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In sika deer, the normal method of estimating fetal age, based on fetal weight, is not applicable during the early pregnancy period. The objective of the present study was to describe the growth and development of sika deer fetuses and to establish a method for fetal age estimation during early pregnancy using ultrasonography. Five captive female Hokkaido sika deer (Cervus nippon yesoensis) were observed for estrus and mated (day 0) with an intact male. At two- or three-day intervals, fetuses were observed by rectal ultrasonographic scans until 59-61 days of gestation. The straight crown-rump length (SCRL), curved crown-rump length (CCRL), head length (HL), trunk depth (TD) and heart rate (HR) of the fetuses were measured. Linear regression equations were computed for each measurement together with fetal age. Analyses were conducted after transformation to a natural logarithm for SCRL and CCRL. All equations were significant (P<0.001), with SCRL becoming measurable earlier (day 20) than the others and yielding the best correlation (Days= -2.08+14.15 LnX: X=SCRL, Ln=natural logarithm). Therefore, we concluded that a precise estimation of fetal age in early gestation is best performed using SCRL measurements.
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Change in body weight of mothers and neonates and in milk composition during denning period in captive Japanese black bears (Ursus thibetanus japonicus).
Jpn. J. Vet. Res.
PUBLISHED: 07-15-2009
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Japanese black bears, Ursus thibetanus japonicus, have been classified as a vulnerable species so that data on reproduction are needed to maintain and/or extend their population. They are known to have a peculiar style of reproduction, giving birth to their neonates and raising them during denning, a period of complete fasting. In this study, we investigated the metabolic rate and milk composition of mother bears raising neonates, and the changes in body weight of the neonates under captive conditions. Seven female bears kept in dens were weighed once a month, and the amount of energy they used was calculated. From birth, cubs were also weighed and their growth rate was determined. In addition, the milk composition was analyzed to investigate its characteristics. As a result, it was found that mother bears used 34% more energy than did solitary females. There was no significant difference in the energy used for nursing whether they had single or twin cubs. On the other hand, the body weight gain of single cubs was significantly higher than that of twin cubs, suggesting that the growth of the cubs was highly affected by the suppression of mothers energy consumption during the fasting period. The milk had high fat and low sugar concentrations. This indicates that mother bears used the fat accumulated prior to denning for their main energy source when raising cubs. Considering all results together, Japanese black bears showed remarkable efficiency in the use of energy for reproduction during the fasting period.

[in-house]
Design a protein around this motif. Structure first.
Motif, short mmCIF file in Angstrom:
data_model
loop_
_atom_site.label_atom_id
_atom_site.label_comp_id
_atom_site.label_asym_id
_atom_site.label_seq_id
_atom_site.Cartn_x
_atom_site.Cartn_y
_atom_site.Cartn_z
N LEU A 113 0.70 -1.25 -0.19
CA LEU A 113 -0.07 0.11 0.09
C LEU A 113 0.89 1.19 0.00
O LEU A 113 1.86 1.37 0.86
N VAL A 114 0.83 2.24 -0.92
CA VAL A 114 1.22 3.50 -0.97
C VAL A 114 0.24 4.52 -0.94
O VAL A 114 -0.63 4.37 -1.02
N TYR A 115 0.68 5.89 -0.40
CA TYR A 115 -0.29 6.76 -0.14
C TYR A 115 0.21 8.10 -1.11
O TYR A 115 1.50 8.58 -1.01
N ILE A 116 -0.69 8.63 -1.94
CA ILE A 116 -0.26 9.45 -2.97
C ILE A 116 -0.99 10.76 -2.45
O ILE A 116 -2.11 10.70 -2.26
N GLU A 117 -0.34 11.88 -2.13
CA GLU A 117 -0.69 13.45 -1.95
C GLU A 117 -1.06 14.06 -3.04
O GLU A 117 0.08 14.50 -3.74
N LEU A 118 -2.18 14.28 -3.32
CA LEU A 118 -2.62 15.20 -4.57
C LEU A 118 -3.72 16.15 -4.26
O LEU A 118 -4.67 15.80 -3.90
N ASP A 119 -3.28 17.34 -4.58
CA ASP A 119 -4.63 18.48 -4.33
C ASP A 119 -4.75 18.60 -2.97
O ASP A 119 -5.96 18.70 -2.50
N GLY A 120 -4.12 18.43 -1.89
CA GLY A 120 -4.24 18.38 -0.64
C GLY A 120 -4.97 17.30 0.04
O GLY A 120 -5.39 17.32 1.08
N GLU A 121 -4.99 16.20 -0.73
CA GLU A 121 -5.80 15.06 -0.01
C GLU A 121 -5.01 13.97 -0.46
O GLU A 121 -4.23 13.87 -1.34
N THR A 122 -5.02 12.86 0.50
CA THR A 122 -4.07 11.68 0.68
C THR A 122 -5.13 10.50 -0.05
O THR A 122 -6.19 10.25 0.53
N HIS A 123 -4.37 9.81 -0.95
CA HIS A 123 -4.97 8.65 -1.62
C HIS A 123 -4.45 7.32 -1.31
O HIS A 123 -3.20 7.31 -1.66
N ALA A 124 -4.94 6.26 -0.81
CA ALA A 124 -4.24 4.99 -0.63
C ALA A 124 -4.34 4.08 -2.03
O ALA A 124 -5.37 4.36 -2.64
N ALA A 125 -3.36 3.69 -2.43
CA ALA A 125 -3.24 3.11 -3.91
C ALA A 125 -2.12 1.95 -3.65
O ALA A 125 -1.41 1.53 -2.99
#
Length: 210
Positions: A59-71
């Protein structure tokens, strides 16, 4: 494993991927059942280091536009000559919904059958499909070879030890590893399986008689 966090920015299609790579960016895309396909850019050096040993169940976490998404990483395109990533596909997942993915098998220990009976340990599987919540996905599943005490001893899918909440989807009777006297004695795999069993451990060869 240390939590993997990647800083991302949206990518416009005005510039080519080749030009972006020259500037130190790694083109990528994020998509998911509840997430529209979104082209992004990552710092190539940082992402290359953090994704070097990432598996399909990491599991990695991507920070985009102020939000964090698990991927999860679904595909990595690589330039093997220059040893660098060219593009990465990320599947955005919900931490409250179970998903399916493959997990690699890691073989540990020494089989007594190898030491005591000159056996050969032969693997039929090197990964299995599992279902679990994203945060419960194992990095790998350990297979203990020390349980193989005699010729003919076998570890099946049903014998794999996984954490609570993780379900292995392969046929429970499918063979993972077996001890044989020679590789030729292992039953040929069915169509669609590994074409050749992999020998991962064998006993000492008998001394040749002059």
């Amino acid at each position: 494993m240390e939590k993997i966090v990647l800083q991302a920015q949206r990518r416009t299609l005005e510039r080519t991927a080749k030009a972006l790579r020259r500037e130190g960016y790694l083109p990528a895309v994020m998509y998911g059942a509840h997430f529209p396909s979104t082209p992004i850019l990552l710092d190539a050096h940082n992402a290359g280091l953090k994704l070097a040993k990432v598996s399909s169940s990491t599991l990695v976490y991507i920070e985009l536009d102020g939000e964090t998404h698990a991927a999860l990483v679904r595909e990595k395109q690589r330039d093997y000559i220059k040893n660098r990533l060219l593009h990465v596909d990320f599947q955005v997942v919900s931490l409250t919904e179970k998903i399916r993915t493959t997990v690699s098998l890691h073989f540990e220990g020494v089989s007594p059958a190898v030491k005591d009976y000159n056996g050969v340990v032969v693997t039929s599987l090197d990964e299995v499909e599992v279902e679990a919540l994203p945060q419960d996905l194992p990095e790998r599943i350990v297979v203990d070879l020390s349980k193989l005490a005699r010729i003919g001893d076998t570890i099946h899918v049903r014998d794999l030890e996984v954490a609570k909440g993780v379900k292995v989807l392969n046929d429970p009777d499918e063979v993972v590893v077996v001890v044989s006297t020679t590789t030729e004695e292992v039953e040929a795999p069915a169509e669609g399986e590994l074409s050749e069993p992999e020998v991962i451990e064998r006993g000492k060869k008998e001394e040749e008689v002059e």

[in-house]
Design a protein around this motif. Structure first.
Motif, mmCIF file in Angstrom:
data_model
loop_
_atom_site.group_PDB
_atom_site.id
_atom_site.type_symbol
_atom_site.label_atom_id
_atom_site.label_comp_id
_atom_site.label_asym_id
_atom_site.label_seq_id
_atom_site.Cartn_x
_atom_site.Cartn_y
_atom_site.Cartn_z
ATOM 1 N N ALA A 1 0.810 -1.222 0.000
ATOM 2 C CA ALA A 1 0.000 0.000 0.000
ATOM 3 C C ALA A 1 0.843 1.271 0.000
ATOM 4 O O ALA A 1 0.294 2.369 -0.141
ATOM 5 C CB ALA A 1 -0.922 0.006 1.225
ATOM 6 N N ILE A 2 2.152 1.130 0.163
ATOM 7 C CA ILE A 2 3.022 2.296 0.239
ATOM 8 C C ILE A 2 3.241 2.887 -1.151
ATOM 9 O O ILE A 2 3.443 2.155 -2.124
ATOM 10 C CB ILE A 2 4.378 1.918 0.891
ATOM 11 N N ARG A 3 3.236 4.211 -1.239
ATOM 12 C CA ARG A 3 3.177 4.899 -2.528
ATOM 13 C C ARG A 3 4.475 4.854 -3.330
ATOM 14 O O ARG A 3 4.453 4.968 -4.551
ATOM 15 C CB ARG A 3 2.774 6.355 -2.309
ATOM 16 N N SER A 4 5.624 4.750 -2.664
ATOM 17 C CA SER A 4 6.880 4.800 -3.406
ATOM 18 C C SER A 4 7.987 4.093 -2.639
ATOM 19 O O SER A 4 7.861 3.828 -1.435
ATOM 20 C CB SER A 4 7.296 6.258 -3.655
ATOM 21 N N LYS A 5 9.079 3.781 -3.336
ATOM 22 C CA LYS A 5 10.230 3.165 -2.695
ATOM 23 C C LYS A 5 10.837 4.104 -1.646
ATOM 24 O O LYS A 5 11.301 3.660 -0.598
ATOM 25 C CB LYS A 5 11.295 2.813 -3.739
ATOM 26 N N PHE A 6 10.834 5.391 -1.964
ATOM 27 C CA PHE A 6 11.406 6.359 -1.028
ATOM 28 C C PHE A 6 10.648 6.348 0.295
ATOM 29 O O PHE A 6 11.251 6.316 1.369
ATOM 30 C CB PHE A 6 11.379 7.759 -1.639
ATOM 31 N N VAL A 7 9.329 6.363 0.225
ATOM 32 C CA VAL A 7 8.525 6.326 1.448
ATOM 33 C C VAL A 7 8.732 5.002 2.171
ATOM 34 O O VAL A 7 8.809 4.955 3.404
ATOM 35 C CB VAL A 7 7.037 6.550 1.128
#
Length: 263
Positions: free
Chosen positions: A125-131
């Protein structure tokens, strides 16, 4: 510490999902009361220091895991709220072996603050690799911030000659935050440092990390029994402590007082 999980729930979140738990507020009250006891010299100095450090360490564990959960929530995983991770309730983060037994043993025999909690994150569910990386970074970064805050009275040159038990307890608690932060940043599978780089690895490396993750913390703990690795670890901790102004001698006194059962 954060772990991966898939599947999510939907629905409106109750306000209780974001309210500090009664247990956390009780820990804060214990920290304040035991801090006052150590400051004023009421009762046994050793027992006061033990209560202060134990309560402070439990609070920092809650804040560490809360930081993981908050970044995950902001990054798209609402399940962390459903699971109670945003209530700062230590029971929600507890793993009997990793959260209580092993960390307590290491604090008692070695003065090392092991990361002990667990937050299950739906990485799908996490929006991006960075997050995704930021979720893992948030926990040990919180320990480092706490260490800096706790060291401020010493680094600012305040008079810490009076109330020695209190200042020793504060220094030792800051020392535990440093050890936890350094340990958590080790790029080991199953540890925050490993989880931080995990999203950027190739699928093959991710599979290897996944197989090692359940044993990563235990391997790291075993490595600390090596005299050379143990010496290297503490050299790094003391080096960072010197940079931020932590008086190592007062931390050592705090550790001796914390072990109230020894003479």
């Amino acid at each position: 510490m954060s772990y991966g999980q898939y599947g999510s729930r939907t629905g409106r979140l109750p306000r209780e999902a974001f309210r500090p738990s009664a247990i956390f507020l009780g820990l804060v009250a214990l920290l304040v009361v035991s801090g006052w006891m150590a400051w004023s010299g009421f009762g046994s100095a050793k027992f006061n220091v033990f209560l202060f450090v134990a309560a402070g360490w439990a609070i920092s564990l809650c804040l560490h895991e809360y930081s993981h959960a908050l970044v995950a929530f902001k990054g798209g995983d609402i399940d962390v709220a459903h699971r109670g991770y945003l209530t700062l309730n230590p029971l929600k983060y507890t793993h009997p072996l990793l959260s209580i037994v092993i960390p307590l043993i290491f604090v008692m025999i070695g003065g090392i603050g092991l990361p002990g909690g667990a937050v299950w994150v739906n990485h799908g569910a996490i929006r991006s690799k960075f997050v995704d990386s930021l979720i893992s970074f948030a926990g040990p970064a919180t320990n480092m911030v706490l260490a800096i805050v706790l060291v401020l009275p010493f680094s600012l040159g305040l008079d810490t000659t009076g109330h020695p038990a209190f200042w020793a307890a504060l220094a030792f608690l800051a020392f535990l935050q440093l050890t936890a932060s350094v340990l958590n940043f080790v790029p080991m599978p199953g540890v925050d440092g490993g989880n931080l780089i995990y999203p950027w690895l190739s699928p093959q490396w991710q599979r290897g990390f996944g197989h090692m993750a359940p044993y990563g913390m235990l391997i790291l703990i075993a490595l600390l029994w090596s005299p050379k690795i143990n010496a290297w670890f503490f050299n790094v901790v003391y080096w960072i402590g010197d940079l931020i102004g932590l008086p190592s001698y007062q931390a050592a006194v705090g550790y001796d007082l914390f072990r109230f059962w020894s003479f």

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Normal sperm morphology and changes of semen characteristics and abnormal morphological spermatozoa among peri-mating seasons in captive japanese black bears (Ursus thibetanus japonicus).
J. Reprod. Dev.
PUBLISHED: 02-05-2009
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The objectives of this study were to obtain morphological data for normal spermatozoa and to investigate seasonal changes (the early, mid- and post-mating seasons) in abnormal morphology of spermatozoa and the characteristics of semen in Japanese black bears. Semen was collected by electroejaculation from 34 captive male Japanese black bears a total of 74 times. Length of head, width of head, length of midpiece and total length of the spermatozoa were 6.3 +/- 0.4, 4.5 +/- 0.3, 10.4 +/- 0.7 and 69.6 +/- 3.1 mum (mean +/- SD; 20 semen, 200 spermatozoa), respectively. In the semen collected during the mid-mating season, ejaculate volume, ejaculate pH, sperm concentration, total sperm count, motility, viability and intact acrosomes were 0.46 +/- 0.36 ml, 7.3 +/- 0.4, 659 +/- 644 x 10(6)/ml, 214 +/- 208 x 10(6), 82.9 +/- 9.6%, 89.3 +/- 9.5% and 97.0 +/- 3.2% (mean +/- SD; n=21, in ejaculate pH n=8), respectively. Sperm motility and viability in the early (n=7) and mid-mating (n=21) seasons were significantly higher than in the post-mating (n=8) season. The rates of detached heads in the early and mid-mating season were significantly lower than in the post-mating season. The main abnormal morphologies observed (mean +/- SD%; n=23) were simply bent tail (19.9 +/- 22.6), distal droplets (13.5 +/- 11.7), proximal droplets (9.6 +/- 7.8), teratoid spermatozoa (6.7 +/- 10.7), knobbed acrosome (4.9 +/- 8.6), acrosome damage (3.7 +/- 2.8) and bent midpiece (3.7 +/- 5.1). The data will be useful for artificial breeding and further research on male reproductive physiology in this species.
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Structure and steroidogenesis of the placenta in the Antarctic minke whale (Balaenoptera bonaerensis).
J. Reprod. Dev.